Soil-free gardening is a relatively easy and different way to grow plants when you don’t have a traditional soil based garden. But how do you go about creating one?

Hydroponics is a form of soil-free gardening that, instead of using soil, grows plants in a solution of nutrients mixed with water.

As you can imagine, there are many advantages to hydroponic soil-free gardening:

  • Plants grow faster – it is thought that plants that are raised in a hydroponic system grow up to 20% faster than those developed using a more traditional method and that yields of hydroponic plants are often a lot larger, by up to 25%.
  • No soil is needed – this is a considerable advantage where garden soil is of poor quality, or for people who live in apartments or homes without gardens.
  • It takes up less space – the plants don’t need to grow extensive root systems to take in the nutrients that they need so they can be packed together more tightly – again, an advantage for those with no outdoor garden.

When you first set up a soil-free gardening hydroponic system, you need to spend some selecting a system that will be most suitable for you.

soil-free gardening
Photo by Emile-Victor Portenart on Unsplash

Factors that need taking into consideration include the space you have, what you intend to grow and time that you have available for maintaining the system.

When it comes to beginners, there are three basic setups that we recommend, which are we going to cover below. These are:

  • Ebb and Flow
  • Wicking
  • Deep Water Culture

These systems can all be built up from individual parts bought separately, or you can buy a kit from a hydroponics store or other online retailer.

soil-free gardening
Photo by Kelly Sikkema on Unsplash

Ebb and Flow

This is probably the most complex system of the three that we have mentioned above but are probably the most versatile.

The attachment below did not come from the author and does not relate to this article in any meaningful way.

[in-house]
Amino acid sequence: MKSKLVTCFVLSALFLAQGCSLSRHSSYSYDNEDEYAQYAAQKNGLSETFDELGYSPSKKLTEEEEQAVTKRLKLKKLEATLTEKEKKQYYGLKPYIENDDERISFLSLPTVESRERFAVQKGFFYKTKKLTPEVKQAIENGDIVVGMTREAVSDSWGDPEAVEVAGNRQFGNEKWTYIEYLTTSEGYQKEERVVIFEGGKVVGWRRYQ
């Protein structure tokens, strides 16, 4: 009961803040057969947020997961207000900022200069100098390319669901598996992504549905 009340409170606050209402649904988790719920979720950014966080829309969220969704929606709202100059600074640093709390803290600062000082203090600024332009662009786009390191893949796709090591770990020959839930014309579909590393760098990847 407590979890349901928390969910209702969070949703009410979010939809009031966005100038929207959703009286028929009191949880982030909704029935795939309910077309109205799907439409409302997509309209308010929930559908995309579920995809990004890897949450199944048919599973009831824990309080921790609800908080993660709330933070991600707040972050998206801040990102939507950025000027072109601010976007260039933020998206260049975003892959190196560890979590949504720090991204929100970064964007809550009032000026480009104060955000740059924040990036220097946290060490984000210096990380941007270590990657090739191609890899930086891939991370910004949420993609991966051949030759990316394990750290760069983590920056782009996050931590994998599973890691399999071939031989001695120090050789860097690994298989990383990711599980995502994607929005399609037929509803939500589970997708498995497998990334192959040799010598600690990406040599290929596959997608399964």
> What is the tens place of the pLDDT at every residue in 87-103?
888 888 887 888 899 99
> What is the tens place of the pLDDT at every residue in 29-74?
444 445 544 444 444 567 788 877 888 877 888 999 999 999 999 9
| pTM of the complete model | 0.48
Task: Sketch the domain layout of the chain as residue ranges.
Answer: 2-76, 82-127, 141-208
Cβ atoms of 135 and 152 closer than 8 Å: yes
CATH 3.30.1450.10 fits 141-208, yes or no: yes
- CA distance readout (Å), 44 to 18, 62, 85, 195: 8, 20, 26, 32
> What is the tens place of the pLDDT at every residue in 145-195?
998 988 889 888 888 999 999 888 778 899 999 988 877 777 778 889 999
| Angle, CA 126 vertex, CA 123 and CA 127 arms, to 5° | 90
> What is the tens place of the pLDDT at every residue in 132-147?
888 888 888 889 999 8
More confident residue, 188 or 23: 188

It works by flooding the growing plants with a water/nutrient mixture and then draining it back into a reservoir.

To do this, you need a pump with a timer so you can customize your plants watering schedule based on the size of the plant, the number of plants, the humidity and a whole host of other factors.


This is the most simple system and the one that is easiest to set up, as it has no moving parts. There is a reservoir filled with water and nutrients and a container above with the growing plants.

The two are connected by a wick, which draws the water up to the plants for them to absorb through their roots. This is the perfect system if you’re growing herbs or microgreens,

soil-free gardening
Photo by Gabriel Gurrola on Unsplash

Deep Water Culture

This is another incredibly simple system, where the plants are placed onto a styrofoam platform that sits right on top of the water/nutrients reservoir. A bubble air pump is added to the reservoir to deliver oxygen to the plant roots

soil-free gardening
Photo by Anna Pelzer on Unsplash

Most plants can be grown using a hydroponics system, but if you are just starting out, it is better to start off small and simple. Vegetables and herbs grow quickly, require little maintenance and do not need too much in the way of nutrients.

It’s a good idea to start off with something that grows quickly so that you can check your system is working.

Header Image: Photo by PHÚC LONG on Unsplash